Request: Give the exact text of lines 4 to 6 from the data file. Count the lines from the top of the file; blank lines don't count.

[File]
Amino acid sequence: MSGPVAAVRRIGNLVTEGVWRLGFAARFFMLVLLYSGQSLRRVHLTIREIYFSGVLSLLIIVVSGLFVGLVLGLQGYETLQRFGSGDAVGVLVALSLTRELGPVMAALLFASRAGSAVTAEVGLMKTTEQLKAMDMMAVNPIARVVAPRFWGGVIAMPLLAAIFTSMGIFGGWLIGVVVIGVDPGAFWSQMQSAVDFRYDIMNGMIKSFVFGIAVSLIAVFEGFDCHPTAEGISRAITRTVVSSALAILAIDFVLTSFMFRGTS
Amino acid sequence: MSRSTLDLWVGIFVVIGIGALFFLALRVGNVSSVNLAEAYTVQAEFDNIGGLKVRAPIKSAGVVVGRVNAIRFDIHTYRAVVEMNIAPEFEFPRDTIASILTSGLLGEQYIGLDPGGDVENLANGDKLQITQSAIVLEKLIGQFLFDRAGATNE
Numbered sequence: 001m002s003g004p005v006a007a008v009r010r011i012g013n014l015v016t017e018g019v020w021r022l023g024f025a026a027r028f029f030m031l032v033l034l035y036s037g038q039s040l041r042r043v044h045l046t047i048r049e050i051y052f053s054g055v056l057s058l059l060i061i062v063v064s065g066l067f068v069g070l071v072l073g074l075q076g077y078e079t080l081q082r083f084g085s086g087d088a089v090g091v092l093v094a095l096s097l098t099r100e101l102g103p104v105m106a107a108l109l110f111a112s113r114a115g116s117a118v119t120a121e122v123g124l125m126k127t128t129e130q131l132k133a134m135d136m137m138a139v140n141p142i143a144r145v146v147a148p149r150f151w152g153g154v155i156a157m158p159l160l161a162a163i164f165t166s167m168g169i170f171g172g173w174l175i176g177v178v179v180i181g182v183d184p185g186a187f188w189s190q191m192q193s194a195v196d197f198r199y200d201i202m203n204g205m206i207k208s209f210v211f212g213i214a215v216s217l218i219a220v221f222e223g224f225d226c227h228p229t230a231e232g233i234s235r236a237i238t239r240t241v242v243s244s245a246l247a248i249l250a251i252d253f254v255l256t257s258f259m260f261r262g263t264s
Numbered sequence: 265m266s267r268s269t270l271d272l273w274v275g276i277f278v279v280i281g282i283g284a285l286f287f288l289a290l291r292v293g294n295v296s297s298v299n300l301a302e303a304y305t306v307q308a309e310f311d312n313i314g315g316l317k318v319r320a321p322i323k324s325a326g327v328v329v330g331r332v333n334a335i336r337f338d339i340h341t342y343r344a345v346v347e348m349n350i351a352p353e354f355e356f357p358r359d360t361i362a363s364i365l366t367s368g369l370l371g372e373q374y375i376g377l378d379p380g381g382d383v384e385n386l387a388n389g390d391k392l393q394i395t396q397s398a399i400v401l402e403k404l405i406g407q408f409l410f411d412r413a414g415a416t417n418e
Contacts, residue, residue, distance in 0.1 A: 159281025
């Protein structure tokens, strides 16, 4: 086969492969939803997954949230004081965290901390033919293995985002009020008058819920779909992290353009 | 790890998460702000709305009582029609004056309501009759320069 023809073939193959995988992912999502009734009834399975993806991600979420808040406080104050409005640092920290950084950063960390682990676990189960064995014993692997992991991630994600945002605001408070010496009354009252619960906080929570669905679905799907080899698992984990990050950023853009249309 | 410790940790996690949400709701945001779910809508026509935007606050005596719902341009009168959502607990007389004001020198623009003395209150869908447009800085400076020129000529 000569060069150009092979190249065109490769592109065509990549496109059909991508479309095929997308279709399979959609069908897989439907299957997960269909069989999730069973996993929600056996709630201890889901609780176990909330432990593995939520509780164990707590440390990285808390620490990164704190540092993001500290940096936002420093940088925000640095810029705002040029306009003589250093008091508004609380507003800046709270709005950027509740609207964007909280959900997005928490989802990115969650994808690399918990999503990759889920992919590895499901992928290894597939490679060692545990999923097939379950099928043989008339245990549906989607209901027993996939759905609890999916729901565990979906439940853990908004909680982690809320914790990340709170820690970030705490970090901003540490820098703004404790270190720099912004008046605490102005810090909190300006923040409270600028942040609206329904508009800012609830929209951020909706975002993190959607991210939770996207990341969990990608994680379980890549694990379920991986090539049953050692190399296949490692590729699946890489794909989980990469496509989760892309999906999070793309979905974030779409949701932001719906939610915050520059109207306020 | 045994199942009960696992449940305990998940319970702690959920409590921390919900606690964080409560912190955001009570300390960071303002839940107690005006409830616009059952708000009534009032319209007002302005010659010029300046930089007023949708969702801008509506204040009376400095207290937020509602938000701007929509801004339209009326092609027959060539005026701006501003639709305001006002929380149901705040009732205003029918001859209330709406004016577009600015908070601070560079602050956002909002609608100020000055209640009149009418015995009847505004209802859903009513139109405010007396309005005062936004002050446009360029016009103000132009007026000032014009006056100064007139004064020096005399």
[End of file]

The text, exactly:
Numbered sequence: 265m266s267r268s269t270l271d272l273w274v275g276i277f278v279v280i281g282i283g284a285l286f287f288l289a290l291r292v293g294n295v296s297s298v299n300l301a302e303a304y305t306v307q308a309e310f311d312n313i314g315g316l317k318v319r320a321p322i323k324s325a326g327v328v329v330g331r332v333n334a335i336r337f338d339i340h341t342y343r344a345v346v347e348m349n350i351a352p353e354f355e356f357p358r359d360t361i362a363s364i365l366t367s368g369l370l371g372e373q374y375i376g377l378d379p380g381g382d383v384e385n386l387a388n389g390d391k392l393q394i395t396q397s398a399i400v401l402e403k404l405i406g407q408f409l410f411d412r413a414g415a416t417n418e
Contacts, residue, residue, distance in 0.1 A: 159281025
């Protein structure tokens, strides 16, 4: 086969492969939803997954949230004081965290901390033919293995985002009020008058819920779909992290353009 | 790890998460702000709305009582029609004056309501009759320069 023809073939193959995988992912999502009734009834399975993806991600979420808040406080104050409005640092920290950084950063960390682990676990189960064995014993692997992991991630994600945002605001408070010496009354009252619960906080929570669905679905799907080899698992984990990050950023853009249309 | 410790940790996690949400709701945001779910809508026509935007606050005596719902341009009168959502607990007389004001020198623009003395209150869908447009800085400076020129000529 000569060069150009092979190249065109490769592109065509990549496109059909991508479309095929997308279709399979959609069908897989439907299957997960269909069989999730069973996993929600056996709630201890889901609780176990909330432990593995939520509780164990707590440390990285808390620490990164704190540092993001500290940096936002420093940088925000640095810029705002040029306009003589250093008091508004609380507003800046709270709005950027509740609207964007909280959900997005928490989802990115969650994808690399918990999503990759889920992919590895499901992928290894597939490679060692545990999923097939379950099928043989008339245990549906989607209901027993996939759905609890999916729901565990979906439940853990908004909680982690809320914790990340709170820690970030705490970090901003540490820098703004404790270190720099912004008046605490102005810090909190300006923040409270600028942040609206329904508009800012609830929209951020909706975002993190959607991210939770996207990341969990990608994680379980890549694990379920991986090539049953050692190399296949490692590729699946890489794909989980990469496509989760892309999906999070793309979905974030779409949701932001719906939610915050520059109207306020 | 045994199942009960696992449940305990998940319970702690959920409590921390919900606690964080409560912190955001009570300390960071303002839940107690005006409830616009059952708000009534009032319209007002302005010659010029300046930089007023949708969702801008509506204040009376400095207290937020509602938000701007929509801004339209009326092609027959060539005026701006501003639709305001006002929380149901705040009732205003029918001859209330709406004016577009600015908070601070560079602050956002909002609608100020000055209640009149009418015995009847505004209802859903009513139109405010007396309005005062936004002050446009360029016009103000132009007026000032014009006056100064007139004064020096005399």